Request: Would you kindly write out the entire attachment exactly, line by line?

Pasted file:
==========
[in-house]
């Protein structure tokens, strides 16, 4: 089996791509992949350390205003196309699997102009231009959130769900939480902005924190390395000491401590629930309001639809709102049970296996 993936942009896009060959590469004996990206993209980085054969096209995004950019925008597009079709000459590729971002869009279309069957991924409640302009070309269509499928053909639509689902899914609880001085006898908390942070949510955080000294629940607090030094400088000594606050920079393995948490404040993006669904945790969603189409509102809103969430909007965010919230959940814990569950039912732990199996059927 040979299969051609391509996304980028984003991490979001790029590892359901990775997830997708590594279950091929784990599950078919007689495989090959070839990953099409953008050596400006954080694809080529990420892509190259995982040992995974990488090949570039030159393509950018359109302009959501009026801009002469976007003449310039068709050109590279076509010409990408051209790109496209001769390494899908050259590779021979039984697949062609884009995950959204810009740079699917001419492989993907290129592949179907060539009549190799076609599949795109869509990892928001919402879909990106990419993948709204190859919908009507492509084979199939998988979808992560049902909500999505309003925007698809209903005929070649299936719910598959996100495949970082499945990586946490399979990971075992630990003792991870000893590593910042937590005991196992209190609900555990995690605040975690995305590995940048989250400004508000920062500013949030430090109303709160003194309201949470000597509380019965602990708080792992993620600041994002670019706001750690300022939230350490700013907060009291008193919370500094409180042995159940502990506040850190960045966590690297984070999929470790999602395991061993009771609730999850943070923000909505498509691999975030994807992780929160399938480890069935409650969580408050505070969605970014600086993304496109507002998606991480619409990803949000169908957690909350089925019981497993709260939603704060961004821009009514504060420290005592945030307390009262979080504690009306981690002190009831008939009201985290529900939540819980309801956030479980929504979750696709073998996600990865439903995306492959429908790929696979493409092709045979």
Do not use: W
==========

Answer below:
[in-house]
């Protein structure tokens, strides 16, 4: 089996791509992949350390205003196309699997102009231009959130769900939480902005924190390395000491401590629930309001639809709102049970296996 993936942009896009060959590469004996990206993209980085054969096209995004950019925008597009079709000459590729971002869009279309069957991924409640302009070309269509499928053909639509689902899914609880001085006898908390942070949510955080000294629940607090030094400088000594606050920079393995948490404040993006669904945790969603189409509102809103969430909007965010919230959940814990569950039912732990199996059927 040979299969051609391509996304980028984003991490979001790029590892359901990775997830997708590594279950091929784990599950078919007689495989090959070839990953099409953008050596400006954080694809080529990420892509190259995982040992995974990488090949570039030159393509950018359109302009959501009026801009002469976007003449310039068709050109590279076509010409990408051209790109496209001769390494899908050259590779021979039984697949062609884009995950959204810009740079699917001419492989993907290129592949179907060539009549190799076609599949795109869509990892928001919402879909990106990419993948709204190859919908009507492509084979199939998988979808992560049902909500999505309003925007698809209903005929070649299936719910598959996100495949970082499945990586946490399979990971075992630990003792991870000893590593910042937590005991196992209190609900555990995690605040975690995305590995940048989250400004508000920062500013949030430090109303709160003194309201949470000597509380019965602990708080792992993620600041994002670019706001750690300022939230350490700013907060009291008193919370500094409180042995159940502990506040850190960045966590690297984070999929470790999602395991061993009771609730999850943070923000909505498509691999975030994807992780929160399938480890069935409650969580408050505070969605970014600086993304496109507002998606991480619409990803949000169908957690909350089925019981497993709260939603704060961004821009009514504060420290005592945030307390009262979080504690009306981690002190009831008939009201985290529900939540819980309801956030479980929504979750696709073998996600990865439903995306492959429908790929696979493409092709045979």
Do not use: W